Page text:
STATEHOOD FOR PUERTO RICO & D.C.

For a nation primarily born out of a taxation dispute with its colonial over-lord, the US has had something of an ambivalent approach to imperialism ever since. So it is then that The Land of the Free doesn’t seem to apply to both Puerto Rico and Washington D.C in the way that it does to the regular 50 states of the Union. (The same is also true of the likes of Guam and American Samoa – discussions for another time.)

The issue of Puerto Rico and statehood was jarringly brought into perspective once more in the wake of the devastating impact of Hurricane Maria in late 2017. Trump’s dismal visit to the island to “address” that problem, was akin to that of a late nineteenth century European monarch’s superficial and disinterested excursion to a far-flung part of their overseas empire – arrogant, uncalled for and devoid of human decency. [1]

Nearly 3.5 million US citizens live in Puerto Rico. Despite that, they have no representation in Congress and while many are not obliged to make a federal tax return each year, they are still American taxpayers. “They pay payroll taxes, business taxes, and estate taxes. They helped pay for disaster relief in Texas after Hurricane Harvey and in Florida after Hurricane Irma.” [2]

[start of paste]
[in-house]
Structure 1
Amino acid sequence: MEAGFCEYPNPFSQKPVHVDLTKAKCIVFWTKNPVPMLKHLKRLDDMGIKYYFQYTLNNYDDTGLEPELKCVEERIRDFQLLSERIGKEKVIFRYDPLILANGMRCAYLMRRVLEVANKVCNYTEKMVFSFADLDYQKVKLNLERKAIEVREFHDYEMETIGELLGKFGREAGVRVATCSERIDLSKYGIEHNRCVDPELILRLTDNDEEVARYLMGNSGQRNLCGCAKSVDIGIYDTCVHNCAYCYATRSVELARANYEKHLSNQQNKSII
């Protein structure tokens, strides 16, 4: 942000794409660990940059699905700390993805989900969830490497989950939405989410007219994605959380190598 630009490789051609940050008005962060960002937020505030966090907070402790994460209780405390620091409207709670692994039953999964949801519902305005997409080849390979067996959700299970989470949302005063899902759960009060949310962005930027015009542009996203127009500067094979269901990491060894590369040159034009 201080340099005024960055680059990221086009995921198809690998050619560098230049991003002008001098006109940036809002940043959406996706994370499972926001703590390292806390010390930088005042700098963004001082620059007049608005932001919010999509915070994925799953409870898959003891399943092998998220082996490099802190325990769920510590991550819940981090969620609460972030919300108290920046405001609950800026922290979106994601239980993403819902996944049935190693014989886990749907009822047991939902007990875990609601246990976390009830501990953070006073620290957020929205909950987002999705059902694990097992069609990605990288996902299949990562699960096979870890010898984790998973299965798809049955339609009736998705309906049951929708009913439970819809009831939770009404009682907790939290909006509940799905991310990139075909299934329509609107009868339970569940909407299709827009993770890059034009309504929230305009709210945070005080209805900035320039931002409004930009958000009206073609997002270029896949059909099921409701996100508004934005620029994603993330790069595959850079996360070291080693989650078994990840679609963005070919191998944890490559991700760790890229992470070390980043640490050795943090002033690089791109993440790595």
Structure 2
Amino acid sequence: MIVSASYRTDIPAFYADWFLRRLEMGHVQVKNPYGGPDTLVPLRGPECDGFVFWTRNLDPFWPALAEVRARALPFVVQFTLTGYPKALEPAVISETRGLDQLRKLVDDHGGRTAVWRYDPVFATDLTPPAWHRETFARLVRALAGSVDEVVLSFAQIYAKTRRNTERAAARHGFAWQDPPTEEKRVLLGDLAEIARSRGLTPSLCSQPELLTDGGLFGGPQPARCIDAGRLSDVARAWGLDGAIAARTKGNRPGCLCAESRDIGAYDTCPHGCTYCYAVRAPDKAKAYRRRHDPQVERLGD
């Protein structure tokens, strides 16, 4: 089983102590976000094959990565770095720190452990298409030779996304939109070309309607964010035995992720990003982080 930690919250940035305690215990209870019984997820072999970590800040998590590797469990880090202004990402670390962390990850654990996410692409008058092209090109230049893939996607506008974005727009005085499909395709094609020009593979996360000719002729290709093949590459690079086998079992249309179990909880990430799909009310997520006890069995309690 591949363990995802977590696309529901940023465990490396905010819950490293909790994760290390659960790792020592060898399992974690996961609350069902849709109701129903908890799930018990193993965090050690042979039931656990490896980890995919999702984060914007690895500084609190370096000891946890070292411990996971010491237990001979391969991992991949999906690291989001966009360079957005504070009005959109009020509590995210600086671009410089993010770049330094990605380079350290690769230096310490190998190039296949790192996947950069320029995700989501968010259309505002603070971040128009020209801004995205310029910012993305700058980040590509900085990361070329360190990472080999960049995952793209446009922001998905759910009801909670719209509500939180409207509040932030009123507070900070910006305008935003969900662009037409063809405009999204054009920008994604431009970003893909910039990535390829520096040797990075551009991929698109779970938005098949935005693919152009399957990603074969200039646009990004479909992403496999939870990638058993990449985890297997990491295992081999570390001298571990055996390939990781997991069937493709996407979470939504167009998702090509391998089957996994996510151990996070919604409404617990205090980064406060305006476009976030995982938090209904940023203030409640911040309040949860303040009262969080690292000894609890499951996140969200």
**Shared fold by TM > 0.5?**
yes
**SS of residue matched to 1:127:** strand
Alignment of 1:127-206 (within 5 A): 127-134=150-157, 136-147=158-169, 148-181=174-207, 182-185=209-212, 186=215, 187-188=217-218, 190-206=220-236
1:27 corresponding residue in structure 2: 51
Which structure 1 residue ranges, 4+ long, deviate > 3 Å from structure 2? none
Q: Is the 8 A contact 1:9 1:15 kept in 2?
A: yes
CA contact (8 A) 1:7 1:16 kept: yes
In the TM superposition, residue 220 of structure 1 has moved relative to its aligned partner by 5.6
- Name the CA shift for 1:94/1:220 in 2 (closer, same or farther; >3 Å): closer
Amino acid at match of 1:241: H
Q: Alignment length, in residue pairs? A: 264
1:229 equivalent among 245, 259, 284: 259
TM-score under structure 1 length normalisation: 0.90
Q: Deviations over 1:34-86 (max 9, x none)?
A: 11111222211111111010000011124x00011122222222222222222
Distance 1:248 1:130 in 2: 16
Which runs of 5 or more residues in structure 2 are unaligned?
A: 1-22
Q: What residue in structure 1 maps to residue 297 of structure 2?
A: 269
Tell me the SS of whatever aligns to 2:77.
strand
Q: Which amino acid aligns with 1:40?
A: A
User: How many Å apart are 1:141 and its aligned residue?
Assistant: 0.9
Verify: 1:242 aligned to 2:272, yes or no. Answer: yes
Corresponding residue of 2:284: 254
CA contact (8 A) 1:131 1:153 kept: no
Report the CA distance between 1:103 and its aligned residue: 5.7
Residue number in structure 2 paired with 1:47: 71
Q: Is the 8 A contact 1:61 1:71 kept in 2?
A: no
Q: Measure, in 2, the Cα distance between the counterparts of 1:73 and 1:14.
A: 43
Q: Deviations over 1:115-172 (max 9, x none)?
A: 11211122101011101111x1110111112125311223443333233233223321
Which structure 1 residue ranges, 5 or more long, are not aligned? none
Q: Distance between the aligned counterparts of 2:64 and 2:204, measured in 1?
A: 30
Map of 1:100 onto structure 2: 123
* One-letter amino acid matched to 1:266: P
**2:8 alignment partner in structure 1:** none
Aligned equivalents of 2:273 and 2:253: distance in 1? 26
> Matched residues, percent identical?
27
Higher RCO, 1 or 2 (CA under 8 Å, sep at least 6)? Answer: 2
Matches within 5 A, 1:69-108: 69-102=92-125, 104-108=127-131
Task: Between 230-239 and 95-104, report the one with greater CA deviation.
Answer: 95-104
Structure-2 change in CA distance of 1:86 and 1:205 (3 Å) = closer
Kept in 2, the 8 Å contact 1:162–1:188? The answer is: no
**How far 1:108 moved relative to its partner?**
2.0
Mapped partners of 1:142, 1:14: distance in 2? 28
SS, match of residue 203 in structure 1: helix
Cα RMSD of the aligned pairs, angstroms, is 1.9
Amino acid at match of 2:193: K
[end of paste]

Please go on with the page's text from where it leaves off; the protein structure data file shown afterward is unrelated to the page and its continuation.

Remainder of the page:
The reality is, Puerto Rico is a hang-over from the late nineteenth century Spanish-American war. While liberated Cuba eventually broke free of American rule, Puerto Rico, swept up by the US during those hostilities, has never been afforded the luxury of anything else other than subsequent semi-colonial status.

The traditional role of the US being a full-throated advocate for democracy and being a role model for newly decolonized countries around the world, particularly so post World War Two, is fundamentally undermined by its current relationship with Puerto Rico. Sadly, there is also a questionable undertone of race that can be read here – the subservience of a Hispanic / Latino demographic to that of white America. That is absolutely unacceptable.